Life as we know it on Earth is based on carbon, a versatile element that can form complex molecules with various other elements. Carbon is also abundant in the universe, and it is compatible with water, the solvent that enables many biochemical reactions.
However, carbon is not the only element that could potentially support life. Scientists have speculated about alternative biochemistries that could exist in different environments, using different elements and solvents.
One of the most popular candidates for an alternative element is silicon, which belongs to the same group as carbon on the periodic table and has four valence electrons. Silicon can form long chains and rings like carbon, but it is less stable and more reactive.
Silicon also tends to form strong bonds with oxygen, resulting in silicates and silica, which are rigid and crystalline structures that are not conducive to life.
However, some scientists have suggested that silicon-based life could exist in environments where oxygen is scarce, such as on planets with reducing atmospheres or under the surface of gas giants.
Another possibility is that life could use elements other than carbon or silicon as the main backbone of its molecules, such as phosphorus, sulfur, nitrogen, or boron.
These elements have different bonding properties and chemical behaviors than carbon, and they could create novel types of organic compounds.
For example, phosphorus-based life could use phosphates instead of sugars as its main energy source, sulfur-based life could use sulfides instead of water as its solvent, nitrogen-based life could use azides instead of amino acids as its building blocks, and boron-based life could use boranes instead of hydrocarbons as its structural units.
Besides the choice of element, another factor that could affect the possibility of alternative life forms is the choice of solvent. Water is a polar molecule that can dissolve many substances and facilitate chemical reactions.
It also has a wide range of temperatures and pressures where it remains liquid, which is important for maintaining a stable environment for life. However, water is not the only possible solvent for life.
Some scientists have proposed that ammonia, which is also a polar molecule and cosmically abundant, could act as a solvent for life in colder regions of the universe, such as on icy moons or Kuiper belt objects.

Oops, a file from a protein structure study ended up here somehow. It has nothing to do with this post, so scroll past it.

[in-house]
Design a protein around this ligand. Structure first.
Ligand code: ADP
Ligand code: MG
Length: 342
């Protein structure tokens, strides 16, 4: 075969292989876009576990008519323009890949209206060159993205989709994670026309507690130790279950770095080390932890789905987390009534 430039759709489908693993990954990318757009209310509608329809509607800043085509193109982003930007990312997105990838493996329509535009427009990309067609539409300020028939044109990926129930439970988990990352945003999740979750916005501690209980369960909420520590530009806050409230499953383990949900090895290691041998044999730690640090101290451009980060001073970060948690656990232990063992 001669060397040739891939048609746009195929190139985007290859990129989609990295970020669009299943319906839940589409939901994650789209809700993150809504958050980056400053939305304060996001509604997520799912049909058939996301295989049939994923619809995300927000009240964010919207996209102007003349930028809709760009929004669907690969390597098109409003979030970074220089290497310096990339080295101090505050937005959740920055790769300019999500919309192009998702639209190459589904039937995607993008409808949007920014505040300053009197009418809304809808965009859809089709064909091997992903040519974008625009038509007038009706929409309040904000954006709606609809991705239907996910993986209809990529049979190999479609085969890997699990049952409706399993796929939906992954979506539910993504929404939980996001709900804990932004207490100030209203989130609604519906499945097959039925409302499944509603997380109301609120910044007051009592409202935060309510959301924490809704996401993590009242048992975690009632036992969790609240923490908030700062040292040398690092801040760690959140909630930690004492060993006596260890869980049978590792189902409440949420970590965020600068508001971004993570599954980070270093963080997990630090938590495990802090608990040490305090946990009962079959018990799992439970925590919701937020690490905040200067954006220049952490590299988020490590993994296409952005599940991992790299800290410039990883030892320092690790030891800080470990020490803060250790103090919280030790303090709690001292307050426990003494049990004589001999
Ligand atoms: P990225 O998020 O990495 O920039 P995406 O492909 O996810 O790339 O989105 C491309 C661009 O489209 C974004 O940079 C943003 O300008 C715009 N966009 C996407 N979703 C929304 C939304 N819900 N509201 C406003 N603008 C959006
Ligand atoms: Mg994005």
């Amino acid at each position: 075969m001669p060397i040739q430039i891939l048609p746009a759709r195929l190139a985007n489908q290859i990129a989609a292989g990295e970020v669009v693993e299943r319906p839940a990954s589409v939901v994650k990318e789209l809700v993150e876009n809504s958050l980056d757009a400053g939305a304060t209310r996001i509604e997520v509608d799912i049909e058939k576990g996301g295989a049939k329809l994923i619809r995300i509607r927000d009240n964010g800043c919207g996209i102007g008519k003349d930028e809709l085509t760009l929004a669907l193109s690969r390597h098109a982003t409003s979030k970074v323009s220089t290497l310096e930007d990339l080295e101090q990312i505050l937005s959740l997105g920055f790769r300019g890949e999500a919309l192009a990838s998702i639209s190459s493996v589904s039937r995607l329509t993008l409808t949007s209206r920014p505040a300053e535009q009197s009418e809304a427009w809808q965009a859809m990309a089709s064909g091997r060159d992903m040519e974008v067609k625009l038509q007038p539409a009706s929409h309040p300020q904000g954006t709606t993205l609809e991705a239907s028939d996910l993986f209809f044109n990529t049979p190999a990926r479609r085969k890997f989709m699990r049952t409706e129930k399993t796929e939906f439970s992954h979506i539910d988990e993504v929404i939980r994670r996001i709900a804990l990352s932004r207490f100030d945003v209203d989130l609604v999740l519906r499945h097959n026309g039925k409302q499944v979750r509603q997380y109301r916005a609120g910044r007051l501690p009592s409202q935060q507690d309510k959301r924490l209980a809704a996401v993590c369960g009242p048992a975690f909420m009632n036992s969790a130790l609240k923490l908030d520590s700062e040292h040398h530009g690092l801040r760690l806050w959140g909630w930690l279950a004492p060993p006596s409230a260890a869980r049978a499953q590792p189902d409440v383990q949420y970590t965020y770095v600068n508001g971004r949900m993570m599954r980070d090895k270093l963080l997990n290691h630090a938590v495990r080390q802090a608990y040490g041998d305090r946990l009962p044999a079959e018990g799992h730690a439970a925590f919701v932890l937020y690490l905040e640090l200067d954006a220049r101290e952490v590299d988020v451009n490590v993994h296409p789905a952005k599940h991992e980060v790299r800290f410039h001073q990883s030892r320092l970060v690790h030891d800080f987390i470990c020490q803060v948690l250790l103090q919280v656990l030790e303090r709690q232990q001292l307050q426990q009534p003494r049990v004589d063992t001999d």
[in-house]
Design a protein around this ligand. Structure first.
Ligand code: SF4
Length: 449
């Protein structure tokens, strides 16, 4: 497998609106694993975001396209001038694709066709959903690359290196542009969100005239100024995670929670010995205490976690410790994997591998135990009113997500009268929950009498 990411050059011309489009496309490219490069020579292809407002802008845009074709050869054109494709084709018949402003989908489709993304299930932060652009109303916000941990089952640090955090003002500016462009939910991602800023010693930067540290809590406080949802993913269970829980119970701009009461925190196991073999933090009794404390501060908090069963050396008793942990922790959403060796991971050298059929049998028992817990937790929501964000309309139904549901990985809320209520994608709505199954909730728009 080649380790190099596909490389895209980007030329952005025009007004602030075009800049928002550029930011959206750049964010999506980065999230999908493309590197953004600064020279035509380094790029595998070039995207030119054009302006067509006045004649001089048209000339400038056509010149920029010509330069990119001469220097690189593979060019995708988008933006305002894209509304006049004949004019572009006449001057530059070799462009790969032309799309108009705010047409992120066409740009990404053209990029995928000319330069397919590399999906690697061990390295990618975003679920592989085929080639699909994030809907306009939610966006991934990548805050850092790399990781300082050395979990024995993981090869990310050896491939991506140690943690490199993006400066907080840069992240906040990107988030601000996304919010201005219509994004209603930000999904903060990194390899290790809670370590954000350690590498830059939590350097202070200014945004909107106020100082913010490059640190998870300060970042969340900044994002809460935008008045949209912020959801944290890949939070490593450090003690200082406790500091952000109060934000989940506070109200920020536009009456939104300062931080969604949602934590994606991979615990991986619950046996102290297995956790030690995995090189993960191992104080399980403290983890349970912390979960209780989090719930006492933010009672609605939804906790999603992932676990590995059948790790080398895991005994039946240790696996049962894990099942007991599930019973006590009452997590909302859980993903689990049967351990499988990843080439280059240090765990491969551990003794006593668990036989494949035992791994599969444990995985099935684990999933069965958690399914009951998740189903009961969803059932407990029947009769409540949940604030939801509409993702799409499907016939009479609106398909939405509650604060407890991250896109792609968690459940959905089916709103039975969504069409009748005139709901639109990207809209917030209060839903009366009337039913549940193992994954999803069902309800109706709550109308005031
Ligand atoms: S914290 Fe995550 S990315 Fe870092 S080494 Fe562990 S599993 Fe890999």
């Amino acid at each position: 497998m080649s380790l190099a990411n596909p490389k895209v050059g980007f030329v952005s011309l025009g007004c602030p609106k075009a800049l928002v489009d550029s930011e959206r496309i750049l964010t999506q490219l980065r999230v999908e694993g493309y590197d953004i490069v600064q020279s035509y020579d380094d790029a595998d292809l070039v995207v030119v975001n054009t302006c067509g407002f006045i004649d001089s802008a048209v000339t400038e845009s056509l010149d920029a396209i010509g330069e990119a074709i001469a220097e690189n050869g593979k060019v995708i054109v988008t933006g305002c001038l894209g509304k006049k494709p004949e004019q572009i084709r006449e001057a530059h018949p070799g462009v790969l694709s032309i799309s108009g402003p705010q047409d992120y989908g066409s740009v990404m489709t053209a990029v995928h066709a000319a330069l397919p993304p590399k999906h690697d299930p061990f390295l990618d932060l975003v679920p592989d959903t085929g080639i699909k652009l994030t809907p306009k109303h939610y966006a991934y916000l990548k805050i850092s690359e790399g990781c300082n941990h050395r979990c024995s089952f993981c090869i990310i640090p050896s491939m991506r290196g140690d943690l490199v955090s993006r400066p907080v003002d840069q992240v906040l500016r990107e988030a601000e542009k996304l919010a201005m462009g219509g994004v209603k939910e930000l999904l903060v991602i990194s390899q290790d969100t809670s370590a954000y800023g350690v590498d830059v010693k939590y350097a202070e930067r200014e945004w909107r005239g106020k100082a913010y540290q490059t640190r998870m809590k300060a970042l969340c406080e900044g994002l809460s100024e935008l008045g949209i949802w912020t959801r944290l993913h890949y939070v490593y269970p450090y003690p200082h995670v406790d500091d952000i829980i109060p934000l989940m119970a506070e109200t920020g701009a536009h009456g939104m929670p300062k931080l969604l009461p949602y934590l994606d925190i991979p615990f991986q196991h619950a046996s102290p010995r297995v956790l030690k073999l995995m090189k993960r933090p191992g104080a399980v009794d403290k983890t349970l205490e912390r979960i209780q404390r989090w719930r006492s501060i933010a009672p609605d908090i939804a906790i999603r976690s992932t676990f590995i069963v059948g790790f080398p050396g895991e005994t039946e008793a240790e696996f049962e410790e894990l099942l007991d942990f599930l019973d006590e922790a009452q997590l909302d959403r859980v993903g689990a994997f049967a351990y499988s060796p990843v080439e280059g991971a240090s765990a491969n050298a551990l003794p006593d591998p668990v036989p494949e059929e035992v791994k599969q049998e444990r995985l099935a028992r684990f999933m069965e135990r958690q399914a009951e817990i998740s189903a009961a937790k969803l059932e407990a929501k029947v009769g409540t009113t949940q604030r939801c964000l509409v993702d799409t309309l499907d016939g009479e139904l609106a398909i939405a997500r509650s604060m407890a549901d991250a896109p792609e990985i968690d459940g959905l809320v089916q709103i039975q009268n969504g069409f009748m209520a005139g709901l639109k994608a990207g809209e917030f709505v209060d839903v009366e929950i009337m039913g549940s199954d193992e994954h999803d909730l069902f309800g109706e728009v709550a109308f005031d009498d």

Ammonia has a lower freezing point and a higher boiling point than water, which means it can remain liquid at lower temperatures and pressures.
Other potential solvents include non-polar hydrocarbons such as methane and ethane, which are known to exist in liquid form on the surface of Titan , Saturn’s largest moon.
Hydrocarbon solvents could support life that uses lipids instead of proteins as its main macromolecules, since lipids are insoluble in water but soluble in hydrocarbons. Hydrocarbon solvents could also allow for more complex organic chemistry than water, since water tends to hydrolyze many organic compounds.
What non-carbon life forms in the universe might look like
Based on these challenges and possibilities, we can imagine some of the possible shapes and appearances of non-carbon life forms in the universe. Silicon-based life forms may look like crystals or rocks, with sharp edges and facets.
They may live in volcanic or geothermal regions, where they can access high temperatures and acidic solvents. Boron-based life forms may look like bubbles or spheres, with smooth surfaces and flexible membranes.
They may live in icy or gaseous regions, where they can access low temperatures and alkaline solvents. Nitrogen-based life forms may look like sparks or flashes, with transient and explosive behaviors.
They may live in electric or magnetic fields, where they can access high energies and reactive solvents. Phosphorus-based life forms may look like strands or networks, with complex and dynamic patterns. They may live in organic or mineral regions, where they can access moderate temperatures and neutral solvents.
Of course, these are only some of the possible scenarios for non-carbon life forms in the universe. There may be other elements or combinations that can support life in ways that we have not yet imagined.
The search for alternative life forms in the universe is not only a scientific curiosity, but also a philosophical challenge. It forces us to rethink our definition of life and our assumptions about its origin and evolution. It also expands our imagination and our sense of wonder about the diversity and complexity of nature.
Alternative life forms may be very different from us in appearance and behavior, but they may also share some common features and principles with us, such as self-organization, adaptation, reproduction, and communication.
By exploring the possibility of alternative life forms, we may also learn more about ourselves and our place in the cosmos.